That conclusion is surprising because the birth rate continues to decline worldwide and in Africa. But the decline in Africa is happening at only a quarter of the rate seen “in Asia and Latin America in the 1970s, when they were at a comparable stage” in the transition to smaller families, according to the new analysis. In some African countries, the rate of decline has actually stalled over the last 15 years, according to John Wilmoth, the report’s co-author and director of the UN Population Division.

Among possible factors behind the slowdown: The desired family size reported in Africa was

Read the rest of this entry »

Posted in Conservation and Extinction | Tagged: , , , | Leave a Comment »

Goodall: Colonialist China in New Scramble for Africa

Posted by Richard Conniff on February 18, 2014

(Photo: Michael Collopy)

(Photo: Michael Collopy)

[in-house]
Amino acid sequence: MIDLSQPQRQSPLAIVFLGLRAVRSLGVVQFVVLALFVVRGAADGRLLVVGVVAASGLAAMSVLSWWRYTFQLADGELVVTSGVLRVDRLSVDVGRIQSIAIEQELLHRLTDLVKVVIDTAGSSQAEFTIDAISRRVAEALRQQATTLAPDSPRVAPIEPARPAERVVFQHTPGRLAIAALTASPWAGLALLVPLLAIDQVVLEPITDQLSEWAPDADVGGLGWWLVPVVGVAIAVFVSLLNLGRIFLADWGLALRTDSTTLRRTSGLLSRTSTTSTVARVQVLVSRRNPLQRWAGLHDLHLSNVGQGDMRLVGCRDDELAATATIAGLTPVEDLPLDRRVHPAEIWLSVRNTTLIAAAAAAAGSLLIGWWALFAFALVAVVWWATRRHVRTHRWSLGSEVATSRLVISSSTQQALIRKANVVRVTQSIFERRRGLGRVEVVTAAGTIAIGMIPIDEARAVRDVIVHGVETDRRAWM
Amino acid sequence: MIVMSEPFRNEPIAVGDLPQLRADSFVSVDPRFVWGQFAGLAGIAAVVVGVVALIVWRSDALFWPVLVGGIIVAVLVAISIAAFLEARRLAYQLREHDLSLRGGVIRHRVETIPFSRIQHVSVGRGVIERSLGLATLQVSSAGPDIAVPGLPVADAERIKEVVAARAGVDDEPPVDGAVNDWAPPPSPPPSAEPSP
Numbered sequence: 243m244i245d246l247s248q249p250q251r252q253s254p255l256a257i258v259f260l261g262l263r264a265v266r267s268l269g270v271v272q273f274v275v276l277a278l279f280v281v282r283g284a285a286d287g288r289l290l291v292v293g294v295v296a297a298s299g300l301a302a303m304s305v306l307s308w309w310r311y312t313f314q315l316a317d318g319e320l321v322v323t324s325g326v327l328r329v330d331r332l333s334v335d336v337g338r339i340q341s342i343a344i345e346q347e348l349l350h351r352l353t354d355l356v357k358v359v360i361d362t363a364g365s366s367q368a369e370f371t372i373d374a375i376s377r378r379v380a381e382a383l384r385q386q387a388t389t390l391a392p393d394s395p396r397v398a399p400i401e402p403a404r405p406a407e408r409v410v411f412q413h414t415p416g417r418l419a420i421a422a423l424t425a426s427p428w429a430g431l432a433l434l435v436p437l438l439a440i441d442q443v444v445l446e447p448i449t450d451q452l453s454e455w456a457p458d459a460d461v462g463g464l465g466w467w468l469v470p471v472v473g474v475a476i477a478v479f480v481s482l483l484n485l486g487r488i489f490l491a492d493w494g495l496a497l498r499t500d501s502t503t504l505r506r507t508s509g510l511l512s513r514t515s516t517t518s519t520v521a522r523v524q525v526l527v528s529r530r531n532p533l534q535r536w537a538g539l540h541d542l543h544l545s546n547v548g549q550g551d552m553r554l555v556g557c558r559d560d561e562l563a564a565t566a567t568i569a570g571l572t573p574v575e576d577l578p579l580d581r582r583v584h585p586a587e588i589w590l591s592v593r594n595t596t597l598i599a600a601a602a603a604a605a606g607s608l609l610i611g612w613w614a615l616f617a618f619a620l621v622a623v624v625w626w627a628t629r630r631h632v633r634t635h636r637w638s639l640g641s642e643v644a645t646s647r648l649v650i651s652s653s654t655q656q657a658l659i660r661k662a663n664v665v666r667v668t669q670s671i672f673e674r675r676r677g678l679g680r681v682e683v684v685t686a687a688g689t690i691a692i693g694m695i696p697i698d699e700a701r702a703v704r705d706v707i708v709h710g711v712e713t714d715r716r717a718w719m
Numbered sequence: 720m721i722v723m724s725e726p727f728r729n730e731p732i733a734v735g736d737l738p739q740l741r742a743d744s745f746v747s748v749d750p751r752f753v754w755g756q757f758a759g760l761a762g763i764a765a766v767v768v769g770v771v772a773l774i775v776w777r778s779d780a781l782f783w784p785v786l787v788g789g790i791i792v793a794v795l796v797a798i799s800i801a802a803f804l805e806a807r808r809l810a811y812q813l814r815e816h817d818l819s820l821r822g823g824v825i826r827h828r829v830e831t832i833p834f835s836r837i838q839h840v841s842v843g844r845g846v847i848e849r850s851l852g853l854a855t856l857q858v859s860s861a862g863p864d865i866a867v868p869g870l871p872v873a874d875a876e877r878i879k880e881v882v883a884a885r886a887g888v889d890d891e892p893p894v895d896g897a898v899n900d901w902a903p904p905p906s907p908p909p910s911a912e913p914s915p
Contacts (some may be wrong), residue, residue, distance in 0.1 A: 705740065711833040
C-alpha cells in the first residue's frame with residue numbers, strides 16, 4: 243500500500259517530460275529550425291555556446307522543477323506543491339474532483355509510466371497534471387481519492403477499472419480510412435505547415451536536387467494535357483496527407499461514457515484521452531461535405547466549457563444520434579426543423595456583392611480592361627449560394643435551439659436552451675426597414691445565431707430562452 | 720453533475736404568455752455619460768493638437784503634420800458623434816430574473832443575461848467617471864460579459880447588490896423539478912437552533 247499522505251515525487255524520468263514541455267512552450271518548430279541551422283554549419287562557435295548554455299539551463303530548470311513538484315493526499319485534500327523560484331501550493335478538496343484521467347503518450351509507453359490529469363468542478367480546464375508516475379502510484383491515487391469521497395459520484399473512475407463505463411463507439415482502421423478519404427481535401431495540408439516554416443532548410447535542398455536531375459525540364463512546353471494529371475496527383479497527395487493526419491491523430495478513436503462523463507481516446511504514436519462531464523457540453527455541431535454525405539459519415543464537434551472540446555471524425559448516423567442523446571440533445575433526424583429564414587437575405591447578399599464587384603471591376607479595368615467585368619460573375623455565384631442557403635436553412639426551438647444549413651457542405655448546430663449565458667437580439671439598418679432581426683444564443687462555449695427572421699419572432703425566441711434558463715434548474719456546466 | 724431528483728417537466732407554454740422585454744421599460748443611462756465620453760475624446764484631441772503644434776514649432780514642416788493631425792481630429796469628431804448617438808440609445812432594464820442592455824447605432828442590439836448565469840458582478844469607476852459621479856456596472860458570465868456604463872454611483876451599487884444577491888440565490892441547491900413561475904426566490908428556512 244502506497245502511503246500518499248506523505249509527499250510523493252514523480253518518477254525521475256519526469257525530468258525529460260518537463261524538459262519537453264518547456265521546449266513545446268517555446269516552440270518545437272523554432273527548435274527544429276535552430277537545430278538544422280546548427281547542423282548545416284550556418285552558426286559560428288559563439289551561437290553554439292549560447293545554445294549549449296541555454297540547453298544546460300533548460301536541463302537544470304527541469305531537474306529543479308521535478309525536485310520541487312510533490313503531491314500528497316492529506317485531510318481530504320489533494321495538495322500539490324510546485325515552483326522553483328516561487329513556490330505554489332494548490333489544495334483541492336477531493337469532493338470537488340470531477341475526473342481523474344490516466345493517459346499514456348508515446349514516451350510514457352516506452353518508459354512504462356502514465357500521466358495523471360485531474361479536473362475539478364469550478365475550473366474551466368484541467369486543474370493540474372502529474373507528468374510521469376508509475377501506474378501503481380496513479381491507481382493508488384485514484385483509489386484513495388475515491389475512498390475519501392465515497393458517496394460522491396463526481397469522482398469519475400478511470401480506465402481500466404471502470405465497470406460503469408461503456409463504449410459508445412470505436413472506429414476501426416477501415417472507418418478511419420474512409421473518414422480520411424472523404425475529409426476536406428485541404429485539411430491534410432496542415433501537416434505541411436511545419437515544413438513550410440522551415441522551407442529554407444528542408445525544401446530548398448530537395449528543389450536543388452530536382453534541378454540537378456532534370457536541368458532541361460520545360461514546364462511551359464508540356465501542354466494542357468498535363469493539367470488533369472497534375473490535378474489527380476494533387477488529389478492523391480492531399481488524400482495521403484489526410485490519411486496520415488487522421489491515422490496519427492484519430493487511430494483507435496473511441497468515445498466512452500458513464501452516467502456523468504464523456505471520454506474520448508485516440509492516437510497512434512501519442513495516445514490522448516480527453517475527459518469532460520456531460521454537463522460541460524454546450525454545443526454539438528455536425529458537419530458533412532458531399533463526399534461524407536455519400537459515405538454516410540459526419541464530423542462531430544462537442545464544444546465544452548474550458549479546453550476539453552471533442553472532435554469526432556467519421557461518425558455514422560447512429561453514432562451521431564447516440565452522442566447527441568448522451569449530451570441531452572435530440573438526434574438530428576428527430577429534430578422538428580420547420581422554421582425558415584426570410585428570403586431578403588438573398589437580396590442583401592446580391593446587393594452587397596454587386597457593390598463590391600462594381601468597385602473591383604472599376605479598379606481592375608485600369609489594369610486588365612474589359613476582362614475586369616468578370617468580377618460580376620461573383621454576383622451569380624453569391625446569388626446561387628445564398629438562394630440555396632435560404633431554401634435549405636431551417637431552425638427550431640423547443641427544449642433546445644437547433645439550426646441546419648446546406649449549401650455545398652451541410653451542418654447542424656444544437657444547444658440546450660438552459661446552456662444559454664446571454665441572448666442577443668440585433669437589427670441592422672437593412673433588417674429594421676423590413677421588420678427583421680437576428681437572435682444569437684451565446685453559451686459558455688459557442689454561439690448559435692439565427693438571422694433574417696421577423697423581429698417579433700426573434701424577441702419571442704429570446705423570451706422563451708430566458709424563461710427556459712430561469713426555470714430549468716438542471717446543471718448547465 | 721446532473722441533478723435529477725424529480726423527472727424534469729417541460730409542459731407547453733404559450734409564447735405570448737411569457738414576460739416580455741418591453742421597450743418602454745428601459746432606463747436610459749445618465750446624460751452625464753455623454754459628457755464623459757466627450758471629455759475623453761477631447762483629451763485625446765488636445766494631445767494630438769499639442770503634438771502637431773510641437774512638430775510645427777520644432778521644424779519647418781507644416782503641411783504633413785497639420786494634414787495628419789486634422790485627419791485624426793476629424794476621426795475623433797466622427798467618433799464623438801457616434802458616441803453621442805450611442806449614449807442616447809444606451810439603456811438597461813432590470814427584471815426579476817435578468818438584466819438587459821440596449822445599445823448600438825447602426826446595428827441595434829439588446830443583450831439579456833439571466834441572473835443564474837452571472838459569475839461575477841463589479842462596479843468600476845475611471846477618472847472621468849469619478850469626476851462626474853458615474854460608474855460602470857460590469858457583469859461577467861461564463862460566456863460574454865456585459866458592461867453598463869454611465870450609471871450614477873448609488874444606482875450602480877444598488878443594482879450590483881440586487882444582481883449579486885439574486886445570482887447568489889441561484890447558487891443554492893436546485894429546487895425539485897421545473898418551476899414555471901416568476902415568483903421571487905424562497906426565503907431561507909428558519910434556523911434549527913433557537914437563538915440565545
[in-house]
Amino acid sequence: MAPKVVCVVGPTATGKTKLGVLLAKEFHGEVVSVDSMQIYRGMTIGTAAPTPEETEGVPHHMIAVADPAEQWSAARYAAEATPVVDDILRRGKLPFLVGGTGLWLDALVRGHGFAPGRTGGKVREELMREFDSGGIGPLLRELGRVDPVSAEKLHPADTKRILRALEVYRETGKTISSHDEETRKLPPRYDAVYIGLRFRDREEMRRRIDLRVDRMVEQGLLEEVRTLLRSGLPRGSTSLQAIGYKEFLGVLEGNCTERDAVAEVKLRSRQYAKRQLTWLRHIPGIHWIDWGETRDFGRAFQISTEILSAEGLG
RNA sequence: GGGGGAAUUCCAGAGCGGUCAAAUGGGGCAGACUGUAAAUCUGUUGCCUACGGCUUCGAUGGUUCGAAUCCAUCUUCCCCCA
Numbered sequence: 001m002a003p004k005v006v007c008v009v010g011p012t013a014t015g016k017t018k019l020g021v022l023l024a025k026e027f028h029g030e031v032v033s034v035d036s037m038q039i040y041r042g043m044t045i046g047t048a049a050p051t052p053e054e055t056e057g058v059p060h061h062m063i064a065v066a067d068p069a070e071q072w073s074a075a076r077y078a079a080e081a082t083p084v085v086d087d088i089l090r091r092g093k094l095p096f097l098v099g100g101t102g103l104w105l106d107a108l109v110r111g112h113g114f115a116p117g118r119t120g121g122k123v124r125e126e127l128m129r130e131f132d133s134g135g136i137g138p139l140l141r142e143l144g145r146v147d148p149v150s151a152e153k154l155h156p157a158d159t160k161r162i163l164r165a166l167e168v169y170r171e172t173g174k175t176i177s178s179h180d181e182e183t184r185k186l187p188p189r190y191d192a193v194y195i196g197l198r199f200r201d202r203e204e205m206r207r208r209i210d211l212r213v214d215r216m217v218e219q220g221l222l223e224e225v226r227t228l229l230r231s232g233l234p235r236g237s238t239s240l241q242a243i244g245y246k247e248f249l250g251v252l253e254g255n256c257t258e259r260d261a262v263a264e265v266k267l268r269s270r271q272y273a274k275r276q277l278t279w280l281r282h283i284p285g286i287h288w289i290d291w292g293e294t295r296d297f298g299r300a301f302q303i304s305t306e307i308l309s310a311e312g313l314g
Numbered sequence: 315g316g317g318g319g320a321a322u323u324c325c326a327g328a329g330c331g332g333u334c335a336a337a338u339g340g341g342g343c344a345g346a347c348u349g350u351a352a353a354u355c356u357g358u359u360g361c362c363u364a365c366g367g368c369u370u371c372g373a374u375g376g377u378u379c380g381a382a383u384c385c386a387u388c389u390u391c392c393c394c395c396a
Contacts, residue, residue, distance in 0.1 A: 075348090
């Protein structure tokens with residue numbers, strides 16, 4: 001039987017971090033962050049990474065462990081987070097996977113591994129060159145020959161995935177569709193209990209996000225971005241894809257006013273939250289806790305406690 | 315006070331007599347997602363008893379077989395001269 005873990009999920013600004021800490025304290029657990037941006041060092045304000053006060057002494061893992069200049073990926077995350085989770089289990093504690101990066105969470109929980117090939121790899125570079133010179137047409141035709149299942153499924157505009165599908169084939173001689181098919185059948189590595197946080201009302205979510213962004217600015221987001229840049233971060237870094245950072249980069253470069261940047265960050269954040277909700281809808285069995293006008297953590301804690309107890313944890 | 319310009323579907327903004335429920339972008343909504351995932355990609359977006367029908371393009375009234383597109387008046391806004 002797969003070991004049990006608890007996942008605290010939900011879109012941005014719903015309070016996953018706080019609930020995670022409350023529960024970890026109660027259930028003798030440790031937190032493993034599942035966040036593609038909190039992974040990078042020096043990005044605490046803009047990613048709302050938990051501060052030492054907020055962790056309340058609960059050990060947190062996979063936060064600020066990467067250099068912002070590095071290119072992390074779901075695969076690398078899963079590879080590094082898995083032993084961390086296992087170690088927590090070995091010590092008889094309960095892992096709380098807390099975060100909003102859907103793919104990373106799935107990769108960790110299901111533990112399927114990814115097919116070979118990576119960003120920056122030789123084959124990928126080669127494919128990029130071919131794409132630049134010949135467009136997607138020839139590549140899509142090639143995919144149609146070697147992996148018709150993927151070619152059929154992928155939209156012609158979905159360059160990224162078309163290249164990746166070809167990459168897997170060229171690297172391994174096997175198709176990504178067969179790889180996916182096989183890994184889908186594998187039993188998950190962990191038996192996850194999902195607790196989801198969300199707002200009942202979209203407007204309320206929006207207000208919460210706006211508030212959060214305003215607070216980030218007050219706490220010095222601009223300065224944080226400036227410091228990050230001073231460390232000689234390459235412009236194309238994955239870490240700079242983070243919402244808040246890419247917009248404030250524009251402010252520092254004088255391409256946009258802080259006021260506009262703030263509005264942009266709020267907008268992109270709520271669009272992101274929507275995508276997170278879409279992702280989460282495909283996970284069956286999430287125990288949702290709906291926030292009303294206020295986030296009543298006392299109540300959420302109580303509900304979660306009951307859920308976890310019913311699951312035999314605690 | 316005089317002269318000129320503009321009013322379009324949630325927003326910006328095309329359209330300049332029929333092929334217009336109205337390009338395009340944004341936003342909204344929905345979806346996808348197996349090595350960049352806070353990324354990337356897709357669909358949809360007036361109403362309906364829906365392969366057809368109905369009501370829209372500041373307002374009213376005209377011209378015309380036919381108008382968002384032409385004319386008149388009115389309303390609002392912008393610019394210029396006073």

This comes from Agence France-Presse in Johannesburg, via today’s South China Morning Post:

China is exploiting Africa’s resources just like European colonisers did, with disastrous effects for the environment, acclaimed primatologist Jane Goodall has said.

On the eve of her 80th birthday, the fiery British wildlife crusader is whizzing across the world giving a series of lectures on the threats to our planet.

And the rising world power’s involvement on the continent especially raises alarms when it comes to her beloved chimpanzees and wildlife habitats.

During the last decade China has been investing heavily in African natural resources, developing mines, oil wells and running related construction companies.

Activists accuse Chinese firms of paying little attention to the environmental impact of their race for resources.

“In Africa, China is merely doing what the colonialist did. They want Read the rest of this entry »

Posted in Conservation and Extinction, Environmental Issues, The Primate File | Tagged: , , , | 1 Comment »